Some of the most remote parts of West Cork are part of a new campaign being launched by Fáilte Ireland to bring more tourists to discover many of our most unspoiled locations.
A MULTI-million euro plan to develop West Cork’s remote peninsulas as undiscovered, world-class tourist destinations will launch in the coming months.
Spearheaded by Fáilte Ireland, it covers Mizen Head, Sheep’s Head and the Beara Peninsulas, Dursey, Bere, Garinish and Whiddy islands and, the stretch of N71 from Kenmare to Bantry, through Bonane and Glengarriff to Ballydehob.
Called The Three Peninsulas – West Cork and Kerry it’s targeting the ‘culturally curious’, the ‘great escapers’ and the ‘social energisers’ (millennials seeking quirky and authentic attractions) from Ireland’s core overseas markets.
Its ultimate ambition is to extend the season, increase overnight stays and spend – but crucially without compromising the local environment. In other words, it doesn’t envisage busloads of tourists descending on these unspoilt beauty spots.
It also wants to improve the overall economy of communities through strengthening individual businesses, increasing job creation, and increasing the attractiveness of the area for other forms of economic growth.
The plan is currently at draft stage, but Josephine O’Driscoll of Fáilte Ireland is confident it will get the government green light by the end of this year, or early next year.
She stresses it’s very much a collaborative project with Fáilte Ireland, Tourism Ireland, the OPW, Cork and Kerry county councils, the National Parks and Wildlife Service, local businesses, and tourism groups, all working on the ambitious plan for months.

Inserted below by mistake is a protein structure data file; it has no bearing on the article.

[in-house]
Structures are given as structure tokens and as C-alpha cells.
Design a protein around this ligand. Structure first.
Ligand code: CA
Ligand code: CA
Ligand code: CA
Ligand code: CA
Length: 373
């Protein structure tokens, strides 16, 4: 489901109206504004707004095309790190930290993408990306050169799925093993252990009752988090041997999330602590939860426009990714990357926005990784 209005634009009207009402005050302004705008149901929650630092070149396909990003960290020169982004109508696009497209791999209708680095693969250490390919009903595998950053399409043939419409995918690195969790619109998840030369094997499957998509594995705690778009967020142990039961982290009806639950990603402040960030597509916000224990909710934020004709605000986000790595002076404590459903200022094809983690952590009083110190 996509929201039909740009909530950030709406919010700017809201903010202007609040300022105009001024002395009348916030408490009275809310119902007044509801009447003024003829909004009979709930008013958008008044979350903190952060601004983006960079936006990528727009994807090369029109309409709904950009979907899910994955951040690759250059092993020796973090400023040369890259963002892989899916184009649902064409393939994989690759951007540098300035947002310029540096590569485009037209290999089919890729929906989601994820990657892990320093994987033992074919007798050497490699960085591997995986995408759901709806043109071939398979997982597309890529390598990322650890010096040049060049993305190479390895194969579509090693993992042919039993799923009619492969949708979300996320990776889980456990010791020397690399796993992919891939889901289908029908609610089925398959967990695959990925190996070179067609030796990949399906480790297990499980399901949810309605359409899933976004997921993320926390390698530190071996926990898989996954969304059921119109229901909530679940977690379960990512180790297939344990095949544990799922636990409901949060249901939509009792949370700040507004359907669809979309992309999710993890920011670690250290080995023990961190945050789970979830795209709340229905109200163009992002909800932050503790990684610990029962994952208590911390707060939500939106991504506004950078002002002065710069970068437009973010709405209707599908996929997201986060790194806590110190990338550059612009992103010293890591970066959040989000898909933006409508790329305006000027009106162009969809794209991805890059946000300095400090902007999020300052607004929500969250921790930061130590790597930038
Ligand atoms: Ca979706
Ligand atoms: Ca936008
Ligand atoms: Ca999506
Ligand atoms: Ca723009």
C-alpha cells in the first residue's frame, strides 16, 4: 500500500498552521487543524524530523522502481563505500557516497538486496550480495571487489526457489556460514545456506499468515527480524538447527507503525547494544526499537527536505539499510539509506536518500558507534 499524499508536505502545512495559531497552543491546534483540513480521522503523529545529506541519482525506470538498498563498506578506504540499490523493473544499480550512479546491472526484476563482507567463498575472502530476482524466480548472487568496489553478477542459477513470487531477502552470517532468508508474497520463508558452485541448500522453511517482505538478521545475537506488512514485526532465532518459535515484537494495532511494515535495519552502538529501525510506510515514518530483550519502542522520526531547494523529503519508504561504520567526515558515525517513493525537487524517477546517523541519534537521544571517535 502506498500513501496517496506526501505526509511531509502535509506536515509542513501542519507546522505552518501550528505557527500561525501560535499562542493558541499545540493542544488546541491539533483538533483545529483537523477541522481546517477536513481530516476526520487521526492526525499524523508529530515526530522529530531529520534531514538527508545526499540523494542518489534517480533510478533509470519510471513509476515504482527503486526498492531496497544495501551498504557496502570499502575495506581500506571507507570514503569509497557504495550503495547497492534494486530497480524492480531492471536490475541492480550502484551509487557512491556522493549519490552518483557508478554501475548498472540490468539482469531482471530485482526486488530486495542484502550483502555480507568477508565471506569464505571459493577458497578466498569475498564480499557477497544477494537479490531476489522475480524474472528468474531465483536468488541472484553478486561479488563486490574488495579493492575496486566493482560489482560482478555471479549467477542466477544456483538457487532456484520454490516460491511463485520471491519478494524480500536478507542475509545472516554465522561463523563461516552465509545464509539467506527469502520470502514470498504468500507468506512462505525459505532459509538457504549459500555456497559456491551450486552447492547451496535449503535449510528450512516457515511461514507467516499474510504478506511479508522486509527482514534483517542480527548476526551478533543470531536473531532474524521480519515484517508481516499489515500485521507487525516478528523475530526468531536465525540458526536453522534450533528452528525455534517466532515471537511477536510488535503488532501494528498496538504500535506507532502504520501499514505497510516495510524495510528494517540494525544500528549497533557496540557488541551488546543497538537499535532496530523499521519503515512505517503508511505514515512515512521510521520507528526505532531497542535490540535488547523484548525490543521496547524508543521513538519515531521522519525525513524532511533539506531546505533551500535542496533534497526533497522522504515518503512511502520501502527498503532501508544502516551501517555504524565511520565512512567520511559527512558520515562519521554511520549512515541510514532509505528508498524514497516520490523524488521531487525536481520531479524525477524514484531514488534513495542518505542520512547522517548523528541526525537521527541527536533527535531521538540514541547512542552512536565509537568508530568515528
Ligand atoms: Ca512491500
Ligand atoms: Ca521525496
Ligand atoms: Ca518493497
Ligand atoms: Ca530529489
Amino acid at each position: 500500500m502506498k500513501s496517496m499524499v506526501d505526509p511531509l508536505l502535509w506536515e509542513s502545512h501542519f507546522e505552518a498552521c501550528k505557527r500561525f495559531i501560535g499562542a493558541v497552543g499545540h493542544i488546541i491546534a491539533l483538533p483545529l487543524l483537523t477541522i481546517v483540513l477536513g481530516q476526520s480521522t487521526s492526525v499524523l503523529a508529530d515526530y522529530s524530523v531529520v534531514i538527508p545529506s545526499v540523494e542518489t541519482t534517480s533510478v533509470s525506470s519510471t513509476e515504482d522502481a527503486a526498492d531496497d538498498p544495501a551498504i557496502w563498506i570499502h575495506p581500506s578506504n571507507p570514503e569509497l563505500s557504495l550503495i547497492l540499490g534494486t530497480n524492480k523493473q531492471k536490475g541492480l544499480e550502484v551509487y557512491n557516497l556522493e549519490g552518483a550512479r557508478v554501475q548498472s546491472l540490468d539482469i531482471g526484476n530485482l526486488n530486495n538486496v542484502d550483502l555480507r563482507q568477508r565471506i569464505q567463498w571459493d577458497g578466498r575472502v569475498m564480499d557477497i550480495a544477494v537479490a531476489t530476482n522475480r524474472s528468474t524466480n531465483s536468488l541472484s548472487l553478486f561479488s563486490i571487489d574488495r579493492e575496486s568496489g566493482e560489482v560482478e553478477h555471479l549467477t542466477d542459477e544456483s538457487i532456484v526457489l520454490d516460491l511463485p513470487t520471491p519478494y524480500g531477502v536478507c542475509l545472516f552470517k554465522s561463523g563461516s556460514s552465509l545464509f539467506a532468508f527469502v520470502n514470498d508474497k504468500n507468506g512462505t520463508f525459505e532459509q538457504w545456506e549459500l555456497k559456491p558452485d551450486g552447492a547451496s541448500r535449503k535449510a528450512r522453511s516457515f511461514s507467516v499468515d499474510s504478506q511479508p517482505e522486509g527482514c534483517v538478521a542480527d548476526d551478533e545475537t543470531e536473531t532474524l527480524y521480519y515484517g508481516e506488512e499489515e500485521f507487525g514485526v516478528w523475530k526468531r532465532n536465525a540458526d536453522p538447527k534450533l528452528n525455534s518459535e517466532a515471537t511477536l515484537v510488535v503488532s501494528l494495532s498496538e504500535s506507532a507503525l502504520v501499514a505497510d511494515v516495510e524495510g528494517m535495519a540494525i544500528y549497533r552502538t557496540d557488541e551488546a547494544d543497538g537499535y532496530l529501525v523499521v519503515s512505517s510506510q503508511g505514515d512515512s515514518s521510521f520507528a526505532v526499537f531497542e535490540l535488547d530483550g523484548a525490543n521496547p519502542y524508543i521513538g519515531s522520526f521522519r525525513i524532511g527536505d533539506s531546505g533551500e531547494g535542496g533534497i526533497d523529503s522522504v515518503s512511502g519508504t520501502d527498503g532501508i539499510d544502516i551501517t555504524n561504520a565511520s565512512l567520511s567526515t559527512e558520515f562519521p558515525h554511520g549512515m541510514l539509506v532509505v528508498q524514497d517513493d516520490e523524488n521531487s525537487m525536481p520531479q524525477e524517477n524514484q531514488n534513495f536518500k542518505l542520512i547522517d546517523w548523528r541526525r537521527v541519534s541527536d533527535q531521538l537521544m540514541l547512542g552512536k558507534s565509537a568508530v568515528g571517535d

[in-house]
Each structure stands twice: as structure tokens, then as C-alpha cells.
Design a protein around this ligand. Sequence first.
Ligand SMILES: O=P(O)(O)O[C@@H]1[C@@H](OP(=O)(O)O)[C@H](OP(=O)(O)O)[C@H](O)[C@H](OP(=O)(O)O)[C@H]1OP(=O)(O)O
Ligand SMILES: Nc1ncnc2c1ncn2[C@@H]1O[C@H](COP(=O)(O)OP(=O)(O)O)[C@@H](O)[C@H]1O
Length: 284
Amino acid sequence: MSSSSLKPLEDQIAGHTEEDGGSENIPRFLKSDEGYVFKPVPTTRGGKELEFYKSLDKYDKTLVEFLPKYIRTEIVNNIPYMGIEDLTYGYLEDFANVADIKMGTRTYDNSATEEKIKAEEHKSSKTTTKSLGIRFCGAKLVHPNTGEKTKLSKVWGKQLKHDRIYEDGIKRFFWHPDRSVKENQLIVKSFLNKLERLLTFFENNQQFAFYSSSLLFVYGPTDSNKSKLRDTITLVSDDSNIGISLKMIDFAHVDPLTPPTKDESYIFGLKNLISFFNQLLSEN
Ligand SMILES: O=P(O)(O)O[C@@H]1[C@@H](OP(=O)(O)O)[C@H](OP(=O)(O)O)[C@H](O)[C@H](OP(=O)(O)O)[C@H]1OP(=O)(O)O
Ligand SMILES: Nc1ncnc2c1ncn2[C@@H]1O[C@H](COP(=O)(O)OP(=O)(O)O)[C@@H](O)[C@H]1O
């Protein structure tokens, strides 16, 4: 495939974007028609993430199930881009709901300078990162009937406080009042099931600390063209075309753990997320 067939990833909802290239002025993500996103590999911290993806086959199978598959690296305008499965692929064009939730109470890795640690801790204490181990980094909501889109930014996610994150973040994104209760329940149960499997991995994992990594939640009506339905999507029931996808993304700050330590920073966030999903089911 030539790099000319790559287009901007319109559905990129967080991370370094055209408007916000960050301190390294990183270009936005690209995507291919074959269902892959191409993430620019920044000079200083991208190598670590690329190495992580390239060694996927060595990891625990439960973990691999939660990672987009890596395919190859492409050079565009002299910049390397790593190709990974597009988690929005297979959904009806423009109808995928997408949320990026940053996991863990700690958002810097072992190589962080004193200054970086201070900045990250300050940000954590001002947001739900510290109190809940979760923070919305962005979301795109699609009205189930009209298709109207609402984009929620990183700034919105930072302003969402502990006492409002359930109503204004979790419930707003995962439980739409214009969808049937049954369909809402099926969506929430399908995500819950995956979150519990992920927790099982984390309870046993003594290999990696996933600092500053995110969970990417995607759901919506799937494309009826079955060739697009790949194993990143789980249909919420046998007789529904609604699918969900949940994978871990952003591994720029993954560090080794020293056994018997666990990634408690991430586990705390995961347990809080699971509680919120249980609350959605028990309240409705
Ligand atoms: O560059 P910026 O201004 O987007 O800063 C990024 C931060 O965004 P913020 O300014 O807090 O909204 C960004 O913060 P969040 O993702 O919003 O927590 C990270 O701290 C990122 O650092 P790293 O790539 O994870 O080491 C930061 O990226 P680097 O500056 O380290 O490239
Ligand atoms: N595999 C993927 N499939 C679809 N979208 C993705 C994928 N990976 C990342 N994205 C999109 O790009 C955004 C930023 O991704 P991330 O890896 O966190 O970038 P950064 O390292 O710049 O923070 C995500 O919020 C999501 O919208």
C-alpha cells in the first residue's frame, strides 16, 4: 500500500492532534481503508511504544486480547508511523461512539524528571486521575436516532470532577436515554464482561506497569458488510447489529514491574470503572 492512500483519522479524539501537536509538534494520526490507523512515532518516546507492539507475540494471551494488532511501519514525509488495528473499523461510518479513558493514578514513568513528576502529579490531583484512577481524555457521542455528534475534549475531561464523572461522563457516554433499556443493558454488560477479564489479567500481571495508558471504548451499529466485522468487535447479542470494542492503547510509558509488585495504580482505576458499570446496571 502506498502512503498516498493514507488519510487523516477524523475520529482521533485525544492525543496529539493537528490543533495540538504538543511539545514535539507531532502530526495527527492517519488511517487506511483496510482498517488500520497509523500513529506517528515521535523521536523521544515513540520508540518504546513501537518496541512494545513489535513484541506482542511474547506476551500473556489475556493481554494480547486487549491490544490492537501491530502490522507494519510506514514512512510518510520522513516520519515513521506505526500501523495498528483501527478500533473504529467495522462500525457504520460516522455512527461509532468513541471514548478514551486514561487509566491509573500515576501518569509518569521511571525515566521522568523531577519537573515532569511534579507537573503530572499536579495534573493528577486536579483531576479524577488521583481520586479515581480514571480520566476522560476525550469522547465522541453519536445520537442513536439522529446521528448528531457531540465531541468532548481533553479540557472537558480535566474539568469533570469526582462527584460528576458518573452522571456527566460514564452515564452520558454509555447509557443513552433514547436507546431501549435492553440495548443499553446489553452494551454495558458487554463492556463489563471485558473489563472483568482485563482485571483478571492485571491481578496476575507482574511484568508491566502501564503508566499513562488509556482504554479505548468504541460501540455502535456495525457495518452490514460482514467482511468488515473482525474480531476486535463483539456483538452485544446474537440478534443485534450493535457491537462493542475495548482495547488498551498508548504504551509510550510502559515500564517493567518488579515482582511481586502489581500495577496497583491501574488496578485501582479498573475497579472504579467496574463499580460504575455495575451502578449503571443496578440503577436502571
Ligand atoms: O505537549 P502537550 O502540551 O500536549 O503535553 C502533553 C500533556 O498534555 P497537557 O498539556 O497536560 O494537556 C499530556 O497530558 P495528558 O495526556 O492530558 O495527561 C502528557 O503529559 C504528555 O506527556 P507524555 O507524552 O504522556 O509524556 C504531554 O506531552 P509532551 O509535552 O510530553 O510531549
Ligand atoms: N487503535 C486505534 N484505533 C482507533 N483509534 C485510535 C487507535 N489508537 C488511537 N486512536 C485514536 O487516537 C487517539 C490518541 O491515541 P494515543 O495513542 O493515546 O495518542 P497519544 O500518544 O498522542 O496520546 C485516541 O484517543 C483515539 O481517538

Key ‘catalyst’ projects have been identified (see panel below), along with countless other original ideas up for consideration.
Among them is a plan to develop escape treasure hunts and fantasy island adventures for Garinish Island, aimed at millennials.
Another is to set up a Bere Island Military Festival. The proposal says: ‘Include a dance lesson component and opportunity to wear costume to increase the level of engagement. This event is likely to attract the island’s diaspora.’
There’s a suggestion to promote an attraction called ‘Be a Farmer on the Edge of Europe’ which could be paired with homestay accommodation.
Other projects include encouraging photographers to visit to experience the area’s unique colours, flora and fauna.
There’s also a plan to build a series of short two to four-hour itineraries for cruise ship visitors who wish to explore the peninsulas.
While it is being dubbed a ‘five-year plan’, Ms O’Driscoll says the stakeholders won’t be walking away after that timeframe, with funds coming from themselves, European, national and local authority streams, among other sources.
Worth noting is that inclusion in the plan will be regarded favourably for those applying for rural regeneration funding.
This could bode well for the Schull Harbour Development Company which has twice failed to secure funds for a major new marina, but now included in this plan, is hoping it will be ‘third time lucky’ for the project.
O’Driscoll says she’d love to see the region emerging as a world-class destination for walking, cycling and outdoor activities.
Originally from Drimoleague, where she spent Lockdown, the Fáilte Ireland manager said she discovered parts of West Cork she never knew existed.
‘I’d love to see visitors come for water and land-based activities and for them to have an experience they’d never forget.’
Naturally some challenges exist, including the limited bed base currently outside Bantry and Kenmare, together with Castletownbere and Glengarriff, and the need to secure new routes into Cork and Kerry airports.
Josephine and her team are also working on a similar visitor experience plan for the stretch from Kinsale to Ballydehob, which excitingly, will give a full destination plan for all of West Cork.
A copy of the draft plan is available for inspection until September 24th.
You can read it at www.failteireland.ie